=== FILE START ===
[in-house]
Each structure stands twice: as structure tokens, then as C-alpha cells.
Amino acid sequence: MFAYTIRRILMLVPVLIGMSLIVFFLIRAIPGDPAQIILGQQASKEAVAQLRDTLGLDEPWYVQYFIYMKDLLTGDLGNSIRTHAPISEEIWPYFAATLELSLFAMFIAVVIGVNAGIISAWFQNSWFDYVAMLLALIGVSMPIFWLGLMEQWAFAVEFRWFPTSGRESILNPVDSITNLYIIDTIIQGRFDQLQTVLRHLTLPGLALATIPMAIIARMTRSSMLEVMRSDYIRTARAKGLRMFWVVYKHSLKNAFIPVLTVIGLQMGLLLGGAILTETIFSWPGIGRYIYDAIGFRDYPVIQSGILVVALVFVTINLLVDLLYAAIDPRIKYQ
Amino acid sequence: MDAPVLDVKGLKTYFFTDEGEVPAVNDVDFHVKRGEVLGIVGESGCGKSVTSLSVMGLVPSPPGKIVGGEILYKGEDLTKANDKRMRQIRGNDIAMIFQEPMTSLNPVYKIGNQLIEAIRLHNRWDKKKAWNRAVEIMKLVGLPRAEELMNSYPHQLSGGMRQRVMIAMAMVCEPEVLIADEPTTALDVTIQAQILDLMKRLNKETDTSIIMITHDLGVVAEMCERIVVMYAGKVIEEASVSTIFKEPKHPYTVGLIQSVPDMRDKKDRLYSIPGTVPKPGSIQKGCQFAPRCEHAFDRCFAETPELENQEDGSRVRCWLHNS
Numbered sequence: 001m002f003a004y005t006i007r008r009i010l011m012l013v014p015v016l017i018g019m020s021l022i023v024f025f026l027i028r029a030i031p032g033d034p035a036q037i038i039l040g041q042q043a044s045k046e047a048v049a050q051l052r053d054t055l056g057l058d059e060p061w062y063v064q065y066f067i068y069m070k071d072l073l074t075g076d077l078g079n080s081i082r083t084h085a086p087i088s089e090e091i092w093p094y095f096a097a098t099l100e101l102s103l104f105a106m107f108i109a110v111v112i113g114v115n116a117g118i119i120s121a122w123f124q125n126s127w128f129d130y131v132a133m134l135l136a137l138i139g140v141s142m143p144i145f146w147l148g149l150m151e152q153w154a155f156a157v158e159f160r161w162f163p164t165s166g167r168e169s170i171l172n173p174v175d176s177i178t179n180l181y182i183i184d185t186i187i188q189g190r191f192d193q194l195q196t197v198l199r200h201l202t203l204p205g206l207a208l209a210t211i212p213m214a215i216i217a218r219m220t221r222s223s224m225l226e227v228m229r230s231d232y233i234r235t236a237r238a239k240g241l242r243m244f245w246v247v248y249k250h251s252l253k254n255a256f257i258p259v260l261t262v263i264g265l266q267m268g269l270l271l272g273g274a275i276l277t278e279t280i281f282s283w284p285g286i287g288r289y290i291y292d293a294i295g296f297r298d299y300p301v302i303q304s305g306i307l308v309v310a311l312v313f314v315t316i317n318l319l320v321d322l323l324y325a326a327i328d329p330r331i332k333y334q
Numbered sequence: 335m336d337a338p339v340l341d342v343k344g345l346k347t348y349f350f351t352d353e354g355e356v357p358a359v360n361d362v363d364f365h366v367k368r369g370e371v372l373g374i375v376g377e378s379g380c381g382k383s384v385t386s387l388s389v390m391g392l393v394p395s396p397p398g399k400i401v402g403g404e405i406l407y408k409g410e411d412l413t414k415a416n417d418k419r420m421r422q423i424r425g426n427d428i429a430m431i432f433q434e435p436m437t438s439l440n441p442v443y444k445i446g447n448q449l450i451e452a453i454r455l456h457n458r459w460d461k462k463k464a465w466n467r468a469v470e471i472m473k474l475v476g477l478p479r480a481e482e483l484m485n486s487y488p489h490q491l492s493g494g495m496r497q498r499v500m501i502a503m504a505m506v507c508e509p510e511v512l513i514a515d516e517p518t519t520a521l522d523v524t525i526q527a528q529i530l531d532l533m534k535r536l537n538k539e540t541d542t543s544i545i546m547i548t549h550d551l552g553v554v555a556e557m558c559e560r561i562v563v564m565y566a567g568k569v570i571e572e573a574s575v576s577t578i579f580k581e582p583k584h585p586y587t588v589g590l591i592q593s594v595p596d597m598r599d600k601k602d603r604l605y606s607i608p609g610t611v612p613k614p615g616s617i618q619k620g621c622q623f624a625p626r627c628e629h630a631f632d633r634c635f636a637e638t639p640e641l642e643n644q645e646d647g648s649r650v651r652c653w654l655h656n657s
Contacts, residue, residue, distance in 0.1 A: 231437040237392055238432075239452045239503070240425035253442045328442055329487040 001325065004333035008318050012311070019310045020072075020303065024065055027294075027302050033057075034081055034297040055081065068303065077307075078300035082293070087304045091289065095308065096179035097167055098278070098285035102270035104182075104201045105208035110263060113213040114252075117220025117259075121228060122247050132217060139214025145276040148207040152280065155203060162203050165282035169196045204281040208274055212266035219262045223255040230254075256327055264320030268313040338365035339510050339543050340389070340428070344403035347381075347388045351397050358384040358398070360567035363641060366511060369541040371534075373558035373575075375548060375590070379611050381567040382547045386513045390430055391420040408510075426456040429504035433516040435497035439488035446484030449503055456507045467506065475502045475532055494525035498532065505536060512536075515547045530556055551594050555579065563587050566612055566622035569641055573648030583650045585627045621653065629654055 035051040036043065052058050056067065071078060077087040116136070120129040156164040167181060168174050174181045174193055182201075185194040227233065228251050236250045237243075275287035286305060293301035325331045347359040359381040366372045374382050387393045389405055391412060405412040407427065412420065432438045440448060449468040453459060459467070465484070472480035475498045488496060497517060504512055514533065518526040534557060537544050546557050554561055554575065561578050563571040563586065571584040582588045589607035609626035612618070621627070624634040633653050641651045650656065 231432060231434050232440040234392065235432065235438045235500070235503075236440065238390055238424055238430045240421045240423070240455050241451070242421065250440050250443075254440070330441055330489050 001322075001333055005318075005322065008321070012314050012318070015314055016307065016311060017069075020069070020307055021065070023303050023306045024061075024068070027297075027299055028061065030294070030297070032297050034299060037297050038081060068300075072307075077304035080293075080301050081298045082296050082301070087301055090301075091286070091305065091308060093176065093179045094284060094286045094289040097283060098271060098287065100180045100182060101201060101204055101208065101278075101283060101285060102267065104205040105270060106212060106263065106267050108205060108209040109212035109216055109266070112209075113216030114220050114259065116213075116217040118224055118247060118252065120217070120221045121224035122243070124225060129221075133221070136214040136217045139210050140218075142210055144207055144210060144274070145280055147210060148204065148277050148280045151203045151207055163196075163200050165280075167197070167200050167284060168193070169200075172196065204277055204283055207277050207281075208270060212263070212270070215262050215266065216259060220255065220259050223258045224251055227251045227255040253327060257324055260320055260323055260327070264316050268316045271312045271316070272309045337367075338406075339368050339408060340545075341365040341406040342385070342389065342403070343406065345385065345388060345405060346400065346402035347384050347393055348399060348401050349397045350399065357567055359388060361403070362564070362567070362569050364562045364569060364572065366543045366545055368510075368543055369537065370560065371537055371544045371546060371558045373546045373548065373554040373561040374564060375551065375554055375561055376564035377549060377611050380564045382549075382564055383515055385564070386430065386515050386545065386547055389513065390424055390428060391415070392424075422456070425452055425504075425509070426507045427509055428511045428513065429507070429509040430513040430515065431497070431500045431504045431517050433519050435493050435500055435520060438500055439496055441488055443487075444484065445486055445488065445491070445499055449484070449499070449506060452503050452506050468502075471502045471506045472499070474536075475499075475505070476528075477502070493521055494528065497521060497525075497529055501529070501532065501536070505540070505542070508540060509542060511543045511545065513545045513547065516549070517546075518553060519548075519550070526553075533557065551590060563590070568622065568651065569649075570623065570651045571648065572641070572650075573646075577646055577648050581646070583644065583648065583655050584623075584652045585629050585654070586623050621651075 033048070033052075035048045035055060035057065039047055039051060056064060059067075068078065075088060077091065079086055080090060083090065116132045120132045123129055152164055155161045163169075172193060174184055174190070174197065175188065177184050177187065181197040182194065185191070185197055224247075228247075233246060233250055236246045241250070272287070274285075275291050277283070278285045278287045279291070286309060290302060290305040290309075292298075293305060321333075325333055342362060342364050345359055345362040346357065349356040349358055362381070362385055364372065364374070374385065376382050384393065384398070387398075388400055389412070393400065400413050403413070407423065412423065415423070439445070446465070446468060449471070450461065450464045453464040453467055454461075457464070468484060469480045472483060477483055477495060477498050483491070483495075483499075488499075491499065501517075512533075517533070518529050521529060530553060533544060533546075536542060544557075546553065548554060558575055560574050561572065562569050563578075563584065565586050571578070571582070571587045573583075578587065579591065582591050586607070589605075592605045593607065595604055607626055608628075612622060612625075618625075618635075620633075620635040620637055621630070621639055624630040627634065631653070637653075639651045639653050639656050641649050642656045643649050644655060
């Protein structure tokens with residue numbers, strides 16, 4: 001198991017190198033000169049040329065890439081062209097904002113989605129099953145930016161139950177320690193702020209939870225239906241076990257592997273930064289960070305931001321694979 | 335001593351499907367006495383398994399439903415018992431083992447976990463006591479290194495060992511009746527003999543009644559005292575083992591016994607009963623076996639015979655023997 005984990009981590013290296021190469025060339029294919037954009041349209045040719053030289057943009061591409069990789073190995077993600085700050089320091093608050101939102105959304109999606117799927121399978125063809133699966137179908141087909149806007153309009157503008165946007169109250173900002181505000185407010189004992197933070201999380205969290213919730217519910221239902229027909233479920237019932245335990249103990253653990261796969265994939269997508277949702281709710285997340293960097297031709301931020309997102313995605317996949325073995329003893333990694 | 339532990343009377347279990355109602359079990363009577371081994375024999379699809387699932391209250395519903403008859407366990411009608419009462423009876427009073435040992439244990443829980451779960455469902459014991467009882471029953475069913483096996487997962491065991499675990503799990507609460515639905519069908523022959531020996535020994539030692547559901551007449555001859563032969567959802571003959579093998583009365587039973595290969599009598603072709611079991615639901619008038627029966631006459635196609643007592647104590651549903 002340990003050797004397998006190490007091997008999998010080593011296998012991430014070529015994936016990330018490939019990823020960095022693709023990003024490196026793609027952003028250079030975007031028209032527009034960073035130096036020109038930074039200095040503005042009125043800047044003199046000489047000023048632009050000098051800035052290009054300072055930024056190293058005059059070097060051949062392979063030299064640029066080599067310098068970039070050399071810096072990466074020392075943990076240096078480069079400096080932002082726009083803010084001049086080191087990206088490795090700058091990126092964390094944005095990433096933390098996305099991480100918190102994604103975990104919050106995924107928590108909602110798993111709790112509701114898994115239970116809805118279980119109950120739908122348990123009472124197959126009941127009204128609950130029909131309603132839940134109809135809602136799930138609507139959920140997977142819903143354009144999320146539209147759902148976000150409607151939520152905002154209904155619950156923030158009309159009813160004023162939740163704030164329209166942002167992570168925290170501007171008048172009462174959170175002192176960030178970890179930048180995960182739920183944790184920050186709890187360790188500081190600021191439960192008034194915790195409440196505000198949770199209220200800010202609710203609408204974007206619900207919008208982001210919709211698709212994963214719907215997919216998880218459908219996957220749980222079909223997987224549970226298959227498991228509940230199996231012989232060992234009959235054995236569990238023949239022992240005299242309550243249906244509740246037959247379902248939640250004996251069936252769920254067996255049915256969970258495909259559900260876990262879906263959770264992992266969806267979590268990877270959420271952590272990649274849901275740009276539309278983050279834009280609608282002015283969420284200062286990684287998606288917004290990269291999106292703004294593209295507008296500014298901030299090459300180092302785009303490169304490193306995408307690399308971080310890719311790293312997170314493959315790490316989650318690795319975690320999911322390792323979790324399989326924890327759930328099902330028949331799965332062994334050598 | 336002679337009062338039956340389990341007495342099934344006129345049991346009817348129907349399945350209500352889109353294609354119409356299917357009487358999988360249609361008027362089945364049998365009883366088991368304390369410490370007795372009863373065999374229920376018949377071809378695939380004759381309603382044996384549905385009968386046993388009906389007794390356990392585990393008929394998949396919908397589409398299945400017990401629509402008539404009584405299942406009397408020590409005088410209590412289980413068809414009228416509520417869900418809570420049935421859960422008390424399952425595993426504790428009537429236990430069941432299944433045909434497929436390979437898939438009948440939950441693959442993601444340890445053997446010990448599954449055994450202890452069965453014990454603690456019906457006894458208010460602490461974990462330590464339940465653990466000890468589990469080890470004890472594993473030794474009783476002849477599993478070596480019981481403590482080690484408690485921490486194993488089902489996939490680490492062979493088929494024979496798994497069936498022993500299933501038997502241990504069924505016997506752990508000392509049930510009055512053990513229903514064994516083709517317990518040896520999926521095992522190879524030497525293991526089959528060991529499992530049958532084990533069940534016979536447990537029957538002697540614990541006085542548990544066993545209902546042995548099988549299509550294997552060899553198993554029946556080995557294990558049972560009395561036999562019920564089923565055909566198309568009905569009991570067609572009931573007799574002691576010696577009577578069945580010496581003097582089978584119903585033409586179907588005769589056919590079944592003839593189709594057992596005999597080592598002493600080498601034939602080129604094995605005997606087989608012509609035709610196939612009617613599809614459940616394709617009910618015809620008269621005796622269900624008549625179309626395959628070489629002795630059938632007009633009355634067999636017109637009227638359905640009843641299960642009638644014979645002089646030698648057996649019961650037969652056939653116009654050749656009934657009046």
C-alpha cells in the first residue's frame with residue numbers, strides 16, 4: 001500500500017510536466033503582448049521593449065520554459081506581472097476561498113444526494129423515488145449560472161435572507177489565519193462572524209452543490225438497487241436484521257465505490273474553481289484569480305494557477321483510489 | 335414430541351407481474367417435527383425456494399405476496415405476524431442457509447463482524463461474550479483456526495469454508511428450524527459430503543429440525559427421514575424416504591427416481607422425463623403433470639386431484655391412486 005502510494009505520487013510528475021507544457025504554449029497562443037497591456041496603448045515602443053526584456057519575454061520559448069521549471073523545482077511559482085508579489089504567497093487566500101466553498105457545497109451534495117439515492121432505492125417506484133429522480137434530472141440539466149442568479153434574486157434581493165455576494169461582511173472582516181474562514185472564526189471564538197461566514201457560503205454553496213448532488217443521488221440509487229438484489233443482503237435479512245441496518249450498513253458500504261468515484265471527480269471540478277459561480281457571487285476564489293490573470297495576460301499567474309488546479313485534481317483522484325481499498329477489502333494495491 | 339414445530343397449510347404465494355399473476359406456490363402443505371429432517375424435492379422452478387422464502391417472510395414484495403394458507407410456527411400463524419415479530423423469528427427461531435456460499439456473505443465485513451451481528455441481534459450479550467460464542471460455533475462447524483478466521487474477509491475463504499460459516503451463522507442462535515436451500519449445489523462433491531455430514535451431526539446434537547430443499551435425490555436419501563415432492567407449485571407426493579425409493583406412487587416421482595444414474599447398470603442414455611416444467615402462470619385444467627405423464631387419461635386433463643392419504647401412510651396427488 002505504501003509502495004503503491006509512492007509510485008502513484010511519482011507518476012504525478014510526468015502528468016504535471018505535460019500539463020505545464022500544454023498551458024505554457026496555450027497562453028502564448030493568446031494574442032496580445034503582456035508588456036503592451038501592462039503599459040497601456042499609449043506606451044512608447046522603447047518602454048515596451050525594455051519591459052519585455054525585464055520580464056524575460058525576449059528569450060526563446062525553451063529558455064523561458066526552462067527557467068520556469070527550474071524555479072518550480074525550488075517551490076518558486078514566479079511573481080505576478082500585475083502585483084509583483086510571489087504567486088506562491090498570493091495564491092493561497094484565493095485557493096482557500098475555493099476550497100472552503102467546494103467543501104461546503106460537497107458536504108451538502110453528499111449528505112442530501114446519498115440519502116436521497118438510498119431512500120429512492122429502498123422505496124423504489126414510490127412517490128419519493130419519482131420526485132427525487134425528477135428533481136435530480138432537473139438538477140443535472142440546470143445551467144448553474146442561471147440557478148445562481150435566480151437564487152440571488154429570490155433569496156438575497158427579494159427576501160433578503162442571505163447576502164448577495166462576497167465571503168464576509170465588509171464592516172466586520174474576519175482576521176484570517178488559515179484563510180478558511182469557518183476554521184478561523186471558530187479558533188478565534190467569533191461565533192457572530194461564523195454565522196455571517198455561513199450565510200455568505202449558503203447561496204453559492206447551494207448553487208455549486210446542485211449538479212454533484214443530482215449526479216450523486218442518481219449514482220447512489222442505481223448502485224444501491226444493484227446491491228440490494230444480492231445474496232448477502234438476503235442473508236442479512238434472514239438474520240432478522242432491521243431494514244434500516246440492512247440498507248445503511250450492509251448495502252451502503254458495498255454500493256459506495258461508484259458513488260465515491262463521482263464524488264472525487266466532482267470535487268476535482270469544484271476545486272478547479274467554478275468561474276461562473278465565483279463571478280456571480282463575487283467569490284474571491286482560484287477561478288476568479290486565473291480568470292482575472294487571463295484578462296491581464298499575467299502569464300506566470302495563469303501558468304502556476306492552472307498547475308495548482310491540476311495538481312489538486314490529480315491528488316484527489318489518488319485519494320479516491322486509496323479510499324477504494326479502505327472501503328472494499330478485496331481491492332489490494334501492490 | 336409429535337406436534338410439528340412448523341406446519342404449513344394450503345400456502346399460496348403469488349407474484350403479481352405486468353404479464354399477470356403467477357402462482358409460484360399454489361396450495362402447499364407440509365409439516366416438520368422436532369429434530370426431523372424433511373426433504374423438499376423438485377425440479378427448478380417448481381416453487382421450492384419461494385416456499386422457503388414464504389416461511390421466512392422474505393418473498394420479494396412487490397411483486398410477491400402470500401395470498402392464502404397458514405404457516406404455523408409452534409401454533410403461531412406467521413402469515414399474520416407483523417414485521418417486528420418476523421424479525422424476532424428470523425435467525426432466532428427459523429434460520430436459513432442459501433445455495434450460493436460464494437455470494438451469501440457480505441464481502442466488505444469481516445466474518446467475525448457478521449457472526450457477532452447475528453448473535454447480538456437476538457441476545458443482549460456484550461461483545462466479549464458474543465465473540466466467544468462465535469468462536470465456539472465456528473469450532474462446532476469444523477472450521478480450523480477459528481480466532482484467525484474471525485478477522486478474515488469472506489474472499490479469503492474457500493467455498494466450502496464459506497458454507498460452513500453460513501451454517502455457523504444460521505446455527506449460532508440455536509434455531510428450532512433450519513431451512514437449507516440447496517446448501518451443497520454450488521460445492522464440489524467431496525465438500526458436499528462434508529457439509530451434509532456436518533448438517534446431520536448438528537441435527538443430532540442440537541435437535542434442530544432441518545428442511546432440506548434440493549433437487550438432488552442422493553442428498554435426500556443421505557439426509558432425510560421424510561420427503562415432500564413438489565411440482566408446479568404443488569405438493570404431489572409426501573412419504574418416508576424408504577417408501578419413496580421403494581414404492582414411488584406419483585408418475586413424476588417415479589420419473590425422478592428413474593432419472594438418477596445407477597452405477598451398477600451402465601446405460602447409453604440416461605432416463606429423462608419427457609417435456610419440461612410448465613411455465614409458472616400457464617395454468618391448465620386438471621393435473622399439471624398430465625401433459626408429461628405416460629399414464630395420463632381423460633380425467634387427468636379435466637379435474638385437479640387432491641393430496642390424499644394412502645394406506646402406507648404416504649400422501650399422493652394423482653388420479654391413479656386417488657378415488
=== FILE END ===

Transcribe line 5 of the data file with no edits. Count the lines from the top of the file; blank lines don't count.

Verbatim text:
Numbered sequence: 001m002f003a004y005t006i007r008r009i010l011m012l013v014p015v016l017i018g019m020s021l022i023v024f025f026l027i028r029a030i031p032g033d034p035a036q037i038i039l040g041q042q043a044s045k046e047a048v049a050q051l052r053d054t055l056g057l058d059e060p061w062y063v064q065y066f067i068y069m070k071d072l073l074t075g076d077l078g079n080s081i082r083t084h085a086p087i088s089e090e091i092w093p094y095f096a097a098t099l100e101l102s103l104f105a106m107f108i109a110v111v112i113g114v115n116a117g118i119i120s121a122w123f124q125n126s127w128f129d130y131v132a133m134l135l136a137l138i139g140v141s142m143p144i145f146w147l148g149l150m151e152q153w154a155f156a157v158e159f160r161w162f163p164t165s166g167r168e169s170i171l172n173p174v175d176s177i178t179n180l181y182i183i184d185t186i187i188q189g190r191f192d193q194l195q196t197v198l199r200h201l202t203l204p205g206l207a208l209a210t211i212p213m214a215i216i217a218r219m220t221r222s223s224m225l226e227v228m229r230s231d232y233i234r235t236a237r238a239k240g241l242r243m244f245w246v247v248y249k250h251s252l253k254n255a256f257i258p259v260l261t262v263i264g265l266q267m268g269l270l271l272g273g274a275i276l277t278e279t280i281f282s283w284p285g286i287g288r289y290i291y292d293a294i295g296f297r298d299y300p301v302i303q304s305g306i307l308v309v310a311l312v313f314v315t316i317n318l319l320v321d322l323l324y325a326a327i328d329p330r331i332k333y334q